I participated in the fantastic Growing Up In Science series, founded at NYU, in which scientists tell their personal stories. It was great, as well as a bit terrifying, to tell my story and discuss with those who joined the session live. Always wanted to know about my career and life paths?
Anne Urai received her undergraduate degree in cognitive neuroscience and philosophy at University College Utrecht in 2010, followed by a masters in brain and mind sciences at University College London and Ecole Normale Superieure in Paris. She then pursued her doctoral research with Tobias Donner at the Universitätsklinikum Hamburg-Eppendorf and University of Amsterdam, investigating how our previous choices bias the way we interpret later information, and how this process is affected by the confidence in our decisions. Her PhD was awarded the NVP brain and cognition thesis prize, specifically for its combination of interdisciplinary methodology and open science approaches. As a postdoctoral fellow in Anne Churchland’s lab at Cold Spring Harbor in New York, she studied the neurophysiology of decision-making using high-density neural recordings in the mouse brain. During this time she was a core member of the International Brain Laboratory, working with a global team of systems and computational neuroscientists to assess the reproducibility of systems neuroscience. She joined Leiden University in The Netherlands as an Assistant Professor in 2020, and was awarded tenure in 2022. Anne Urai’s research focuses on the neural basis of decision-making across mammalian species, and the interaction between learning and perception. A current focus of her work, funded by an NWO Veni grant, is on changes in neural and behavioral noise across the lifespan.
Anne had a careless childhood, was good at school, but could never quite decide on her passions: she dropped high-school physics and chemistry in a streak of rebelliousness, only to realize her mistake a year later and catch up over the summer break. In her first semester at university, she randomly signed up for several interesting-sounding courses and got into cognitive neuroscience and philosophy. She loved both of them, deciding on the spot that she’d solve all of psychology by studying the brain. Anne spent her exchange semester travelling and eating her way through China, and another year working soul-crushing sales jobs, herding sheep in France and ultimately following her boyfriend to backpack through Asia. In a hot Moroccan internet cafe, she read that someone would pay her to live and study in London and Paris for two years, which seemed too good to true.
During her masters, Anne pursued her fascination for consciousness research (usually reserved for retiring professors) which mostly involved staring at EEG wiggles in windowless rooms. As a friendly collaborator was fixing her atrocious Matlab code, he off-handedly mentioned that Tobias Donner had just started a lab in Amsterdam – conveniently close to the city where said boyfriend had just started a new job. With her heart racing she approached Tobias at a meeting, didn’t faint, applied for a fellowship, and started her PhD in his group.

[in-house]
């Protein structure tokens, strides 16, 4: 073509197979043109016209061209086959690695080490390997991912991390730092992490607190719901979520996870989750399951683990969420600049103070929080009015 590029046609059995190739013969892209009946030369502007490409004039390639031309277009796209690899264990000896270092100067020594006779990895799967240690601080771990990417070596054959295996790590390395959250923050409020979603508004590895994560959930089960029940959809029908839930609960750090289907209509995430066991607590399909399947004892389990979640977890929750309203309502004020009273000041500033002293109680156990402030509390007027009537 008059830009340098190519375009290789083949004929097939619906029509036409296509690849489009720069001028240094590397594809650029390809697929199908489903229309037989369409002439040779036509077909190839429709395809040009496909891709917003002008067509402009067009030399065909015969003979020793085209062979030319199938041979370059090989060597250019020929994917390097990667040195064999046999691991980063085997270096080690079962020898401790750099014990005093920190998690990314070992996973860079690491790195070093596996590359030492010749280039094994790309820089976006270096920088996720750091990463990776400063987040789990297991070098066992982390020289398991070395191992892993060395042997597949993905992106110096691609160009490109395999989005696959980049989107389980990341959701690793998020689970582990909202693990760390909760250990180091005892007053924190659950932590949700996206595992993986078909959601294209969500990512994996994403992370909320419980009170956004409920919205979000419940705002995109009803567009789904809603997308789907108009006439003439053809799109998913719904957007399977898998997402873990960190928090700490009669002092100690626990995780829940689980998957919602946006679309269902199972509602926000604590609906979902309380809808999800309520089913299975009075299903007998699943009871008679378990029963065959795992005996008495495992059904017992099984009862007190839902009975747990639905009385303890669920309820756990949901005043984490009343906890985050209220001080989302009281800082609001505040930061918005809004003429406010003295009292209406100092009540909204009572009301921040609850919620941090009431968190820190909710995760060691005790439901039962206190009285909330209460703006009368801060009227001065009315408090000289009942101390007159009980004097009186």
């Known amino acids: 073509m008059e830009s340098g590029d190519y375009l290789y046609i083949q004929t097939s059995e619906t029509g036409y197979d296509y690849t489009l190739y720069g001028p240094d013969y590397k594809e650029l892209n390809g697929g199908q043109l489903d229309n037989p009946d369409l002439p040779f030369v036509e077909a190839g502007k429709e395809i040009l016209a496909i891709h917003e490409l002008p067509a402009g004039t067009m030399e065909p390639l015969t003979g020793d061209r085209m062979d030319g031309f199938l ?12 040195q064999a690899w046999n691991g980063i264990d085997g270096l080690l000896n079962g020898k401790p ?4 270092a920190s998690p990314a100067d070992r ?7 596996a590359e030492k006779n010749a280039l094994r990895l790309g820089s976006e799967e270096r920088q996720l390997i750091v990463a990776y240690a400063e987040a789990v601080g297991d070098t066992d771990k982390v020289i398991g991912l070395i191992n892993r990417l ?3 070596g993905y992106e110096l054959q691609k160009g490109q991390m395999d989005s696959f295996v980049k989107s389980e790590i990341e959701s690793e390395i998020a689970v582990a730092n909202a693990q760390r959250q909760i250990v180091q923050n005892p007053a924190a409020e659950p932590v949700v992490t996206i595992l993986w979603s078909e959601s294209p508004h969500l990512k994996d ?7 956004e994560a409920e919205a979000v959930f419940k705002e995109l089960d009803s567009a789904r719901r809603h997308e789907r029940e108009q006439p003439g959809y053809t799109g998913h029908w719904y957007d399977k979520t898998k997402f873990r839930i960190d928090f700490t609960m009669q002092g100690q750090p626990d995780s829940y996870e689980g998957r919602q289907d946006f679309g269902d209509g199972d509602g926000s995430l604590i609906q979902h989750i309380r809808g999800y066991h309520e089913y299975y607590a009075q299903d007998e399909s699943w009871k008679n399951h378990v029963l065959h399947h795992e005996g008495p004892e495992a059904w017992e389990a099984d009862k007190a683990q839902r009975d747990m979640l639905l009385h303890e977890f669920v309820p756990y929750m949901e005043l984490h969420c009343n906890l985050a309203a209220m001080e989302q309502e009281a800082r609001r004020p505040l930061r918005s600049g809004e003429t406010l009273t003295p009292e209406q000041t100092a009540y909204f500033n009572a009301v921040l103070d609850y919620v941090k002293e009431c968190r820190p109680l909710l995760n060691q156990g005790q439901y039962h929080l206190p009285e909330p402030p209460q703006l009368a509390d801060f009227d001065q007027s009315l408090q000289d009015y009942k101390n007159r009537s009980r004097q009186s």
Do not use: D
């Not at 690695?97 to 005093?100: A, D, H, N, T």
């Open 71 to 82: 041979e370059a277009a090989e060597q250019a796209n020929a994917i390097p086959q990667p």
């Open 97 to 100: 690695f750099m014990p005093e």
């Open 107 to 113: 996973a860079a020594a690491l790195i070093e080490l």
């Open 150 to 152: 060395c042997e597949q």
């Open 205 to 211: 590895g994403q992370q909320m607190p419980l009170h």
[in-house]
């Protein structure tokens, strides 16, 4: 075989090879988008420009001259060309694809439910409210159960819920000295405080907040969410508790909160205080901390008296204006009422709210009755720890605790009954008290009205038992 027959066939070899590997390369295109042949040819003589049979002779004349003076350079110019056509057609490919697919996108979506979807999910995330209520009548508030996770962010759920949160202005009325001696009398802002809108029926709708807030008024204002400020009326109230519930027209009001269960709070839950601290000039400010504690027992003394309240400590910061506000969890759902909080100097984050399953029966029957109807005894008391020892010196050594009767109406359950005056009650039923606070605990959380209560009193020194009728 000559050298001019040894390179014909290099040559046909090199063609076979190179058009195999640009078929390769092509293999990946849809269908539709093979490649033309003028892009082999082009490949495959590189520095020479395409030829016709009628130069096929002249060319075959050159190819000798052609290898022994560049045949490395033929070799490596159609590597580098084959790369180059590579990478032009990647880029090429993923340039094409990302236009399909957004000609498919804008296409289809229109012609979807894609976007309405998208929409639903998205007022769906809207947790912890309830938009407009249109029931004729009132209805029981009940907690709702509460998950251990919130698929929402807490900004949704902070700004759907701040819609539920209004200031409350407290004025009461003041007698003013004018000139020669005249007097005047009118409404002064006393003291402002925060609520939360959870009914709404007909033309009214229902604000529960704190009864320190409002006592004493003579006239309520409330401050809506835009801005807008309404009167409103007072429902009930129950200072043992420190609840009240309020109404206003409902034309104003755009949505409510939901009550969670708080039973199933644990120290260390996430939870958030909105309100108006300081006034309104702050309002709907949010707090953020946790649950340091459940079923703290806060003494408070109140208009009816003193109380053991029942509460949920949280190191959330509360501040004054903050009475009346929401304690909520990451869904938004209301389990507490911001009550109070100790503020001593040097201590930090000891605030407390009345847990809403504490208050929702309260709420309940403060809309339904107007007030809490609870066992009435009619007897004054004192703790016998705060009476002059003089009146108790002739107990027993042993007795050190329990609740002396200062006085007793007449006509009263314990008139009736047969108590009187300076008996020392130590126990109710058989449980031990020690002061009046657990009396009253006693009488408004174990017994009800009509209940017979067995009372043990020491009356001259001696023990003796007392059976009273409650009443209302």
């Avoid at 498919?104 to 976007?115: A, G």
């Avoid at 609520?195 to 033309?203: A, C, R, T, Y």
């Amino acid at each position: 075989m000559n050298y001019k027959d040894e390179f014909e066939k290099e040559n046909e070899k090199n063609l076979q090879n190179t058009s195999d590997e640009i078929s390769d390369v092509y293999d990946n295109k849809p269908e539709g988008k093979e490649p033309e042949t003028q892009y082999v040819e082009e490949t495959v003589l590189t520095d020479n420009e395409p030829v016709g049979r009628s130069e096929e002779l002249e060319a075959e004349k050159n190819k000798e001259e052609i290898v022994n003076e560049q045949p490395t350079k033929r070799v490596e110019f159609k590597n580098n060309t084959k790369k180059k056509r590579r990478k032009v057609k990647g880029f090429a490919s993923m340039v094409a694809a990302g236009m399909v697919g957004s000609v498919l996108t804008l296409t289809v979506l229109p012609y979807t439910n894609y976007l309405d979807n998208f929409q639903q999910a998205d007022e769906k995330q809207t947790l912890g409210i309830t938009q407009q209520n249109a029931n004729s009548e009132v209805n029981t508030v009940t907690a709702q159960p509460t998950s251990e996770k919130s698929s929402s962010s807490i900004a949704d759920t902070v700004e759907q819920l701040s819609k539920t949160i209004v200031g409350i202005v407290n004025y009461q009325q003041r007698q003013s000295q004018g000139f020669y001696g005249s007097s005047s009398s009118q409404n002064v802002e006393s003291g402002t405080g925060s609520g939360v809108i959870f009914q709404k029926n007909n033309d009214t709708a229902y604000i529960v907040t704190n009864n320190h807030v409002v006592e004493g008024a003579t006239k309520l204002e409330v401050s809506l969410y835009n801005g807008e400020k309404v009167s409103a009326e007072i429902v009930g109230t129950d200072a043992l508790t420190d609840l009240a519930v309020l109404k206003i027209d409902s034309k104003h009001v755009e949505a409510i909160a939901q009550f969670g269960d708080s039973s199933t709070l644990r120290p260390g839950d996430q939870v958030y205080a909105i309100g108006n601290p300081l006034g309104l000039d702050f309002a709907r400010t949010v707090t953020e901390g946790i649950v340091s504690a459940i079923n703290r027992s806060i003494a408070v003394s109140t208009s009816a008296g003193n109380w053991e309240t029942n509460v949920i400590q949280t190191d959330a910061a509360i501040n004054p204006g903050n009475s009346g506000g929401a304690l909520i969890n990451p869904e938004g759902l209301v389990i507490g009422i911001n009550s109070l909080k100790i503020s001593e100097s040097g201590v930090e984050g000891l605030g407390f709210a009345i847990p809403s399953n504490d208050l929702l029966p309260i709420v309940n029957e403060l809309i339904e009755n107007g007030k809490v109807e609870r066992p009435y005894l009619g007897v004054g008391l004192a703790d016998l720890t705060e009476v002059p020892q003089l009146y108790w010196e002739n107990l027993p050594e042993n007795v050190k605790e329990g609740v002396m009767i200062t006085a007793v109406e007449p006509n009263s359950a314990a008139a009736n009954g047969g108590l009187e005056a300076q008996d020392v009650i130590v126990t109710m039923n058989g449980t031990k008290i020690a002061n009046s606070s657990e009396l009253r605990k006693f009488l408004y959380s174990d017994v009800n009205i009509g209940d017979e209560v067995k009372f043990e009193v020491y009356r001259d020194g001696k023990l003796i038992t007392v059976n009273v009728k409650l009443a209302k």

Having made most of her MSc thesis figures in Excel, she suffered serious imposter syndrome, but discovered she actually quite liked the technical and programming parts of the job. She passed through a serious crisis halfway through the PhD: her initial proposal turned out to be severely underpowered, psychology’s replication crisis was in full swing, her advisor’s lab had moved to another country, and she hadn’t published a single paper. Her advisor’s gentle persistence, many yoga classes and an adopted cat helped her follow through, and Anne decided she’d give postdoc life a chance. After getting stuck in a snowstorm when interviewing at CSHL, she accepted the offer to join the Churchland lab and then got married, finished and defended her PhD within a frantic 6-months.
Coming from a background in psychology and cognitive neuroscience, it was both frightening and exhilerating to work with ‘real’ neuroscientists. Anne had to learn soldering, surgery and bluffing her way through genetics. She loved being a part of the (then early-stage) International Brain Lab, but started feeling terribly homesick after 1.5 years on Long Island. Just as she prepared to spend the summer doing data analysis in NYC, Covid-19 hit. Bored at home in lockdown, Anne opened a long-forgotten ‘Jobs’ email folder and saw a vacancy for a combined psychology teaching and research position in The Netherlands. Within short succession she then found out she was pregnant, she got the job, and the Churchland lab would be moving to California. Choosing her rainy, flat home country over sunshine, she hurried to finish experiments and returned home just in time for maternity leave.
So far, Anne has survived her first year of sleep-deprived parenthood and her assistant professorship, which was turned into a tenured position by happenstance (i.e. union negotiations). While getting settled into faculty life, she regularly experiences existential dread and wonders if writing scientific papers is what she should be doing for the next 35 years. Since her postdoc in the US she’s increasingly concerned about the climate crisis, spending her evenings thinking about decarbonizing academia and worrying about the future.